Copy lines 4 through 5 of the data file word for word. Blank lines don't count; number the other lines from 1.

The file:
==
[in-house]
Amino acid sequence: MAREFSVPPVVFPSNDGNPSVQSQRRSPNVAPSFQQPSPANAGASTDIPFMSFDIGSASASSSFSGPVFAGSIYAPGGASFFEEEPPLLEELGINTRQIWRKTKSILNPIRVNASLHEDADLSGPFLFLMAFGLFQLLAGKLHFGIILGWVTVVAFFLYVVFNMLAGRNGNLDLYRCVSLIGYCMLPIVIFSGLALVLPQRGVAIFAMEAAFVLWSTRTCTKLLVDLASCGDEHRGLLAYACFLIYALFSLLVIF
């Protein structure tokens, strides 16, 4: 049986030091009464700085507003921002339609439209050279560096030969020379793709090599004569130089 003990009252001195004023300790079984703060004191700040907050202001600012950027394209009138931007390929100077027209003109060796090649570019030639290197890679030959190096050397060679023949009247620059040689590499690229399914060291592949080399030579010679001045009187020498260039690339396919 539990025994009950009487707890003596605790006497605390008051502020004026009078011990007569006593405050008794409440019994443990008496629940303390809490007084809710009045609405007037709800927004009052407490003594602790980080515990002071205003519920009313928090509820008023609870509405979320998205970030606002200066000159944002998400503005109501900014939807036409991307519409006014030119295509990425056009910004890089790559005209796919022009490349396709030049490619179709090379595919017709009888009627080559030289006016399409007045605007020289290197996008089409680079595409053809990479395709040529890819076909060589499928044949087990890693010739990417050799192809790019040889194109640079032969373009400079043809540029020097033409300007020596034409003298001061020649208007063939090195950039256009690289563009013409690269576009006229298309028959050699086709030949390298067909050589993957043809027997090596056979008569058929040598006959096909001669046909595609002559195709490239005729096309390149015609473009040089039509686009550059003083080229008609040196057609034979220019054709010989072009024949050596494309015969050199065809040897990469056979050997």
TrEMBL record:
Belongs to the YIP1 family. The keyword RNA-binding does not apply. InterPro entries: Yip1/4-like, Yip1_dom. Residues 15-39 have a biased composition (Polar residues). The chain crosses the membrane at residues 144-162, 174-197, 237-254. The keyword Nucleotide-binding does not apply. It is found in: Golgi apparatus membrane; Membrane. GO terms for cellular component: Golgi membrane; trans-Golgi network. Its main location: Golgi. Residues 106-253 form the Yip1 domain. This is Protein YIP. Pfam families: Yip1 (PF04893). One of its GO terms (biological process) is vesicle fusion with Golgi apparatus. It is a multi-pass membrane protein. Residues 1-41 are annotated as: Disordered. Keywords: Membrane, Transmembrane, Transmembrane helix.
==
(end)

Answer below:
TrEMBL record:
Belongs to the YIP1 family. The keyword RNA-binding does not apply. InterPro entries: Yip1/4-like, Yip1_dom. Residues 15-39 have a biased composition (Polar residues). The chain crosses the membrane at residues 144-162, 174-197, 237-254. The keyword Nucleotide-binding does not apply. It is found in: Golgi apparatus membrane; Membrane. GO terms for cellular component: Golgi membrane; trans-Golgi network. Its main location: Golgi. Residues 106-253 form the Yip1 domain. This is Protein YIP. Pfam families: Yip1 (PF04893). One of its GO terms (biological process) is vesicle fusion with Golgi apparatus. It is a multi-pass membrane protein. Residues 1-41 are annotated as: Disordered. Keywords: Membrane, Transmembrane, Transmembrane helix.